According to Steel, the expansion addresses two important shortcomings that the Javits Center has had since opening in 1986. The first is meeting room capability to accommodate large conferences and keynotes as well as events that have a trade show component and a large conference attendee component. The second is a logistics support center that streamlines freight move-in and move-out.
“With the expansion, we are able to meet the expected demand from domestic and international association organizations and trade show producers for meeting room space in New York,” Steel said.
The state-of-the-art, four-level truck marshaling center has 27 loading docks and accommodates up to 200 semi-trucks at a time. Organizers can control freight deliveries from their computers through a new software program that the Javits Center developed.
“Our goal is to maximize the number of vehicles we can bring off the road, minimizing our impact on the community, while also maximizing the value we can bring to our customers with a more efficient process,” Steel said.
Improving technological capabilities was an essential part of the expansion, with all of the spaces outfitted with state-of-the-art electronics and other features, such as sound systems, digital signage and message boards, and a built-in theatrical truss to accommodate video, lighting, and audio equipment in the new 54,000-sq.-ft. special event space.
The sleek new Resch Expo, designed by Populous and Kahler Slater architecture firms, opened early this year in Green Bay, Wisc. The $93 million venue, which replaced the 1950s-era Veterans Memorial Arena, is adjacent to the iconic Lambeau Field, home of the Green Bay Packers, and directly connected to the existing Resch Center. The three venues together form the core of a two-mile entertainment corridor that connects the Packers’ Titletown development on the west with the Village of Ashwaubenon sports and entertainment district and the City of Green Bay’s Legends District to the east.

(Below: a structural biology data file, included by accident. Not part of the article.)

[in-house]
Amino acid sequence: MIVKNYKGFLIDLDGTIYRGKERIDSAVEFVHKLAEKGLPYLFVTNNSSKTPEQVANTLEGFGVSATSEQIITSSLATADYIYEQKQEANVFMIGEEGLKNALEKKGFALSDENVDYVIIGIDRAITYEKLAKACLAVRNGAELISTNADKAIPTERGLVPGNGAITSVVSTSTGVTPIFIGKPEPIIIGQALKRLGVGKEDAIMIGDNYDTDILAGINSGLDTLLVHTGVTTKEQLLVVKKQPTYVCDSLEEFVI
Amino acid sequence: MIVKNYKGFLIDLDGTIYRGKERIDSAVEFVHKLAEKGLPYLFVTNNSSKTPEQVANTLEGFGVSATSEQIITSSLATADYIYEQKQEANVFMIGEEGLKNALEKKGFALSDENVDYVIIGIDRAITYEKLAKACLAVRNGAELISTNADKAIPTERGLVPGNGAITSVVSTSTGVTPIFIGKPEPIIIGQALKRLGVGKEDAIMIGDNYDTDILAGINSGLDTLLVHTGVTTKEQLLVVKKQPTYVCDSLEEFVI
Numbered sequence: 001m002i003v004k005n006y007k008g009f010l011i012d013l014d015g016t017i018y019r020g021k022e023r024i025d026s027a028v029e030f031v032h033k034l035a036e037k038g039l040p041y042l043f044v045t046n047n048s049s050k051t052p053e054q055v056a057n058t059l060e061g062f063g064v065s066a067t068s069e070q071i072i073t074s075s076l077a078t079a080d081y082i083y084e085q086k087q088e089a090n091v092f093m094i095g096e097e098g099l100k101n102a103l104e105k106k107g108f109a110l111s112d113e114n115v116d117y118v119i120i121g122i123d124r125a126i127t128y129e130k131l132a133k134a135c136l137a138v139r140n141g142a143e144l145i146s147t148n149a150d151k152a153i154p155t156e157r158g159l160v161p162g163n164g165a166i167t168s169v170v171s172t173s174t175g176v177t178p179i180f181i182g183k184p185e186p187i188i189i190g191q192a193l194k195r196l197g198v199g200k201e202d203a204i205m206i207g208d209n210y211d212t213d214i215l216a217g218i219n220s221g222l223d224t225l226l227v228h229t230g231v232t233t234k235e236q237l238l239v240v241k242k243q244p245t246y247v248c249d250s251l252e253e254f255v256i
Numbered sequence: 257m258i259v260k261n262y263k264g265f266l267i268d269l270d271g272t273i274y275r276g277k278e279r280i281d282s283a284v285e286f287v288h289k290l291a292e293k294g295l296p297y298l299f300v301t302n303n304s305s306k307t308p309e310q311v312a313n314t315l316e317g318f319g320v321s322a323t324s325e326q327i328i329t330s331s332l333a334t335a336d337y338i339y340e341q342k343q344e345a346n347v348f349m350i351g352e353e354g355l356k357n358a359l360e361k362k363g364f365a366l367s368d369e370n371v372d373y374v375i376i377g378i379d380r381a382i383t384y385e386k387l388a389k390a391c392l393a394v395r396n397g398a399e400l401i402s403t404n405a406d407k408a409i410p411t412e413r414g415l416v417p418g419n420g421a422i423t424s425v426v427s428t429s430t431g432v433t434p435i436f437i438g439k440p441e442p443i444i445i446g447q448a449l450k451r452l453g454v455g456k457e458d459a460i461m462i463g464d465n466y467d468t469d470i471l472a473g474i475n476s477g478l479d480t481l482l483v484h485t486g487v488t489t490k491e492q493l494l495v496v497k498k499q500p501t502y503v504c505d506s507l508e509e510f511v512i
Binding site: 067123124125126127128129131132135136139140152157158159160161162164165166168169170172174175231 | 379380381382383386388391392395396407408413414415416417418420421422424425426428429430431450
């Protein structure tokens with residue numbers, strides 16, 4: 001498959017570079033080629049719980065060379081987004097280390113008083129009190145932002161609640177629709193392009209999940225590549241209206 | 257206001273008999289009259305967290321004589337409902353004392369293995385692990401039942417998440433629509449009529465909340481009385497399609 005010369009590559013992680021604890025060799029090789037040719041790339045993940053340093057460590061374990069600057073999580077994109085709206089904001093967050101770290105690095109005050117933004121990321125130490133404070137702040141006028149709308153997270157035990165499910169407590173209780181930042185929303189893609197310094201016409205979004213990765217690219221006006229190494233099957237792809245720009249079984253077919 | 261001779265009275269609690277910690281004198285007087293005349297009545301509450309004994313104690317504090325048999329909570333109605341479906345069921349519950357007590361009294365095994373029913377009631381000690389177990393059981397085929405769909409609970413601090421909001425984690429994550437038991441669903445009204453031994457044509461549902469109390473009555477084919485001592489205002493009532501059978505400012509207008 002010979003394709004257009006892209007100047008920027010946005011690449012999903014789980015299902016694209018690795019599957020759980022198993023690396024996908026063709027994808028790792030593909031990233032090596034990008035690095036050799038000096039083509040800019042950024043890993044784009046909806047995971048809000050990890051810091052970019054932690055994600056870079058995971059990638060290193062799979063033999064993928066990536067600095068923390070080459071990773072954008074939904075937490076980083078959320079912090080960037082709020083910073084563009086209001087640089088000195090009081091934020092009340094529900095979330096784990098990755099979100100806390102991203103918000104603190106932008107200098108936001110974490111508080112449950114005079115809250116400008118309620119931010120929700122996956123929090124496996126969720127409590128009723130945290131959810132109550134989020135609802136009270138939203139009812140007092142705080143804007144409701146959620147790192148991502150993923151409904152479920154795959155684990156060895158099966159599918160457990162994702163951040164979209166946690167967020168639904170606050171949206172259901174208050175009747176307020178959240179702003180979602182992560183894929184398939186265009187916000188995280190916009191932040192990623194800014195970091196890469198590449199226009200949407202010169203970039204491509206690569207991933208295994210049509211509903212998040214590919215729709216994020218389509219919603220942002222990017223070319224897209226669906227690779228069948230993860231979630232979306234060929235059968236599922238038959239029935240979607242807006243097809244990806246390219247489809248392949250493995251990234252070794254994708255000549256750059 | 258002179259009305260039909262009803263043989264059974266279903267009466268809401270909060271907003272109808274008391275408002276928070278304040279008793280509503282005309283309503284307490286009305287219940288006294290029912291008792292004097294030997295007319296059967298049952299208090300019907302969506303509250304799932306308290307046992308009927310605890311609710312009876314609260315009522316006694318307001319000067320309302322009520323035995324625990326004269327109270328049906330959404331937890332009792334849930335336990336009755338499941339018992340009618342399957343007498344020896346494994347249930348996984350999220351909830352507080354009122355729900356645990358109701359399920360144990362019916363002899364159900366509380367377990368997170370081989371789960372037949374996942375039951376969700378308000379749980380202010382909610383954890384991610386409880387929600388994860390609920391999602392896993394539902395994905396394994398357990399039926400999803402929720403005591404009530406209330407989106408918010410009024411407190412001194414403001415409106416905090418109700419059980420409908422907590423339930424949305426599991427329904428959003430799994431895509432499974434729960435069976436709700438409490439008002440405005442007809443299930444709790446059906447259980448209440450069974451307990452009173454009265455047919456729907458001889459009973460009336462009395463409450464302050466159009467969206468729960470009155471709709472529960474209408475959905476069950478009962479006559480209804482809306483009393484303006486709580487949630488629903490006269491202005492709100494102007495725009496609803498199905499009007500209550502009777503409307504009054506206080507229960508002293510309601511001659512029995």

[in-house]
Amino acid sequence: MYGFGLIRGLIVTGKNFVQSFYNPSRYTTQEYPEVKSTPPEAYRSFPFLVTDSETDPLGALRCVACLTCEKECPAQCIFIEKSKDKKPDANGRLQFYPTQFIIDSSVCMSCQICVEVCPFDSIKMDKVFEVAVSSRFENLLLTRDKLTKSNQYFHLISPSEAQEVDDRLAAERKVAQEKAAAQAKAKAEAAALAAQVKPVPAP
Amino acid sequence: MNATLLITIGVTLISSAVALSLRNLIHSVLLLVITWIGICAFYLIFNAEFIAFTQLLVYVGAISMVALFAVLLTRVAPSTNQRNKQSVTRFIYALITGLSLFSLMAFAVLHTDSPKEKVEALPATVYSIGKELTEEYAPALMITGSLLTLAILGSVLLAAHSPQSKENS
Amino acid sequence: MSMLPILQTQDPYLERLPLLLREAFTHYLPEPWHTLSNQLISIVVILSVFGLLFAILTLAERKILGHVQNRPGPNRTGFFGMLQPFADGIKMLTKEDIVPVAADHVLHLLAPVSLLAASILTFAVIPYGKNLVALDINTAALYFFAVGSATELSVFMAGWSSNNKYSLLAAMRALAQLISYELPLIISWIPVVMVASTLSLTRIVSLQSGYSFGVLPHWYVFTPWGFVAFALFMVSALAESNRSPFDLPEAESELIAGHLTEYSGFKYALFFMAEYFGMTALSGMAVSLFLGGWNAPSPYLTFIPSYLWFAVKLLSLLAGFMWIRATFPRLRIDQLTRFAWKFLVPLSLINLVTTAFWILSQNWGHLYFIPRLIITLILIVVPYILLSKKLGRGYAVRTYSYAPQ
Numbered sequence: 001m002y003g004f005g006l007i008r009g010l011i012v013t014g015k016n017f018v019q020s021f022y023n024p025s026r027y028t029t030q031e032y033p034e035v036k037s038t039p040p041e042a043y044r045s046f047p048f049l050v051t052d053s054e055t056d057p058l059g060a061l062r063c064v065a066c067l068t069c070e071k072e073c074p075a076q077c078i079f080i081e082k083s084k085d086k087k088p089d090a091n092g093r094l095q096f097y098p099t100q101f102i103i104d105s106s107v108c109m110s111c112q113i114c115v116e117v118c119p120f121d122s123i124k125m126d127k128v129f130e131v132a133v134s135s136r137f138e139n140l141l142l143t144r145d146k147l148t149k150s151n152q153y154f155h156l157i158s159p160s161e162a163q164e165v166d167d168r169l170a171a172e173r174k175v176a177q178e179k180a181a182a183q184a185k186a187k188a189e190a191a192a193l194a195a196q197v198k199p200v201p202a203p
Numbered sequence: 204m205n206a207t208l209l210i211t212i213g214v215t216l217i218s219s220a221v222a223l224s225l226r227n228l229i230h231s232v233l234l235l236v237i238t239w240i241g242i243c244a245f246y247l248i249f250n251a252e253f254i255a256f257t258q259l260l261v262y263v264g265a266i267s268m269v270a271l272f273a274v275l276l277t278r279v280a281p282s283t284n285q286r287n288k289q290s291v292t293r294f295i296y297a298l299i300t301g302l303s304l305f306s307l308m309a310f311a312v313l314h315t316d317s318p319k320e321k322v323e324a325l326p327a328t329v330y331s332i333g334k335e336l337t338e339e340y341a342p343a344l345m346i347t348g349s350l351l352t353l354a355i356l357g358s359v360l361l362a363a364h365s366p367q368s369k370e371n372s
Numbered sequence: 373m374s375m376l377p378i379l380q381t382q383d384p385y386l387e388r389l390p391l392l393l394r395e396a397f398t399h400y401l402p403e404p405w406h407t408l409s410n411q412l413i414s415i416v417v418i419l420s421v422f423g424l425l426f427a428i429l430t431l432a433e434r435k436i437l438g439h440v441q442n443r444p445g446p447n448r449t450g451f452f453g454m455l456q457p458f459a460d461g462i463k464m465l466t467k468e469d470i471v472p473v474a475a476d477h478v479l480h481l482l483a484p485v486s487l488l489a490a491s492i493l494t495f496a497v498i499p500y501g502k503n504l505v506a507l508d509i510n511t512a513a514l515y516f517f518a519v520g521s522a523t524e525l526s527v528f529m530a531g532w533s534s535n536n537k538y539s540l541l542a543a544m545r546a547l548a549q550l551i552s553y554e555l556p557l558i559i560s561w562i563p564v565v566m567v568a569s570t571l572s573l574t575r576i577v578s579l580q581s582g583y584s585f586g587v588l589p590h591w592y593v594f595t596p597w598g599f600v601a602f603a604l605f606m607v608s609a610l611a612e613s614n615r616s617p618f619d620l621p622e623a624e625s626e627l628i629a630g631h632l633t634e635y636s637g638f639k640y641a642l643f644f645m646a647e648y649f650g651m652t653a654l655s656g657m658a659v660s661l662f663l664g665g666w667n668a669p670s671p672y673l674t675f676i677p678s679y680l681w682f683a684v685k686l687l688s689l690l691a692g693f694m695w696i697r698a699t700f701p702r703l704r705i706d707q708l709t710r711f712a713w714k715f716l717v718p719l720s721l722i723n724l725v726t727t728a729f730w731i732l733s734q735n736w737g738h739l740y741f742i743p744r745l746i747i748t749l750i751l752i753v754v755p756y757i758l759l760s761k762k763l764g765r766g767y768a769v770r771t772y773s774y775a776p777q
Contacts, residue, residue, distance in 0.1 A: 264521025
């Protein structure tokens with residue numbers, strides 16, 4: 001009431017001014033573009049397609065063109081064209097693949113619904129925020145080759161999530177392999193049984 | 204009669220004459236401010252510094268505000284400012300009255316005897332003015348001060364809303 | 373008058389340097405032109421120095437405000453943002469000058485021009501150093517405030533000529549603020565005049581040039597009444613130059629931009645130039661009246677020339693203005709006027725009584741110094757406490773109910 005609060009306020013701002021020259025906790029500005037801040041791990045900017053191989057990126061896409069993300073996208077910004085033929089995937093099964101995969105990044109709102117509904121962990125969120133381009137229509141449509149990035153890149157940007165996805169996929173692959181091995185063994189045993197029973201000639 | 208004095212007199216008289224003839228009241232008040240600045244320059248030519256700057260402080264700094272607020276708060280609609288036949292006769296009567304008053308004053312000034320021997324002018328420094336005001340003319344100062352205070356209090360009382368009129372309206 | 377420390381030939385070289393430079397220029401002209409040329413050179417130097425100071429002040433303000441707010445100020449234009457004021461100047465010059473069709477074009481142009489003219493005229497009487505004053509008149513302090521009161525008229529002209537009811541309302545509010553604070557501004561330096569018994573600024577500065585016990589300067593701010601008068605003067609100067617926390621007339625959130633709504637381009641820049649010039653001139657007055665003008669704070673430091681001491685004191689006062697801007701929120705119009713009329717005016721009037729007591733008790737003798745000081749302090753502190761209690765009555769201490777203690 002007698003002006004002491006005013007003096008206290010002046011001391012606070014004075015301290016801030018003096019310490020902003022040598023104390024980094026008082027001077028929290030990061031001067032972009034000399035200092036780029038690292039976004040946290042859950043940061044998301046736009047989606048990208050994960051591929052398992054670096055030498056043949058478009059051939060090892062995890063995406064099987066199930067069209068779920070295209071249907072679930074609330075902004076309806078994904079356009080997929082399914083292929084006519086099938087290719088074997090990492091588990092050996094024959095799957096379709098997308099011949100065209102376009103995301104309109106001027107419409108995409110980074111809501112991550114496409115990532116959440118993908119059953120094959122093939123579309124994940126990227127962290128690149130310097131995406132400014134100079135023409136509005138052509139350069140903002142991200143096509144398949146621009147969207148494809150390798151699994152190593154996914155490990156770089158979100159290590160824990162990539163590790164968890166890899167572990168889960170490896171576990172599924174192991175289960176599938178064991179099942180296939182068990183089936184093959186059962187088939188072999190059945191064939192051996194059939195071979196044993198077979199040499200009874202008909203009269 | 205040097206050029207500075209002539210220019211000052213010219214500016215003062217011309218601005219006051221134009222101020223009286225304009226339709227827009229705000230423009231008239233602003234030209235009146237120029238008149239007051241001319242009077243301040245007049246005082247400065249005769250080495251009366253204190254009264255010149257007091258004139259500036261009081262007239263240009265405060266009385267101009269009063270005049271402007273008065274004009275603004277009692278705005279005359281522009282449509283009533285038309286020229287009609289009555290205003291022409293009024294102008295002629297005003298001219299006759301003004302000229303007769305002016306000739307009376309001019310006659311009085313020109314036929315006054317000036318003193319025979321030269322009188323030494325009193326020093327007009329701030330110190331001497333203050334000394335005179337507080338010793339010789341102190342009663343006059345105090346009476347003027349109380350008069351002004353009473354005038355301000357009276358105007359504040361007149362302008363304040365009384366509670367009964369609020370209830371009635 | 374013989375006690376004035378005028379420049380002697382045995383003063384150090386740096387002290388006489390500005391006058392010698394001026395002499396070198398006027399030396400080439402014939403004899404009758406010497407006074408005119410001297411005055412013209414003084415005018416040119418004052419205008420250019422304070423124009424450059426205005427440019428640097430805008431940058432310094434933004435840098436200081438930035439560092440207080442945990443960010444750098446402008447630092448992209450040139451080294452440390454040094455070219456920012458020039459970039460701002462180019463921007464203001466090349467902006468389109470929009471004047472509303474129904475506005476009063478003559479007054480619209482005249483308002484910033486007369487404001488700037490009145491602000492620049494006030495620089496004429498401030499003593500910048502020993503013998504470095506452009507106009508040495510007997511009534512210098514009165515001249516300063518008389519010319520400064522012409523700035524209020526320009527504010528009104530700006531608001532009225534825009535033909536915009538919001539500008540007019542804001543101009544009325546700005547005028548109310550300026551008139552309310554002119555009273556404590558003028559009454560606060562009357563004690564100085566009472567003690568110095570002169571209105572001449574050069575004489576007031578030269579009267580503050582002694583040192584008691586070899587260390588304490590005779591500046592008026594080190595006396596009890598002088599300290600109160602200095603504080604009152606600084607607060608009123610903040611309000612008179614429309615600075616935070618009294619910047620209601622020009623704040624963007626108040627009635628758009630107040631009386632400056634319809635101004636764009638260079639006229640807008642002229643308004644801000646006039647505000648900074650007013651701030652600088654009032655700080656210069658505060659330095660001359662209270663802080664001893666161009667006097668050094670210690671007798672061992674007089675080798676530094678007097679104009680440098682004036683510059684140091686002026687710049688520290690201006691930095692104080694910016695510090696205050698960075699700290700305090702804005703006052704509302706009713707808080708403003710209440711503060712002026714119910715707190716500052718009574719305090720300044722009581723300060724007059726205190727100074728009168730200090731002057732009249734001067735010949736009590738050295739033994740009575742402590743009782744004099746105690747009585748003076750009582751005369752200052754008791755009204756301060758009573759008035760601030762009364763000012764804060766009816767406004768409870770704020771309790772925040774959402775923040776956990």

This new, unified entertainment district was designed to create a true destination in the heart of Brown County that appeals to event attendees, residents and visitors.
Resch Expo features 266,000 square feet of space for trade shows, expos, conventions, meetings, sporting events, concerts, festivals and other gatherings, as well as several standout features.
The venue’s abundance of glass windows generates a sense of transparency and access, blurring the lines between indoor and outdoor and welcoming in the distinctive Wisconsin landscape. A sweeping roofline creates three individual elevations, forming a grand entrance at the front of the building.
“One of the most unique features of the venue is its sweeping balcony views of the Armed Forces Plaza and the legendary Lambeau Field,” said Populous Principal-in-Charge Todd Gralla. “Mezzanine-level meeting rooms and terraces overlooking the plaza and Lambeau Field, as well as large glass doors along one end of the 125,000-sq.-ft. column-free expo hall allow events to flow outdoors, promoting connectivity between events and the public and adding to the sense of belonging we’re trying to evoke within the community.”
The state-of-art expo hall features event space on the main floor that can be divided into thirds with movable walls, as well as a second floor with meeting spaces situated above a stunning glass lobby.
While providing a flexible expo hall was the main programmatic goal, the project team saw an opportunity to activate the outdoor space for expos, special events and game-day experiences, expanding the usable area and creating a unique offering in the industry.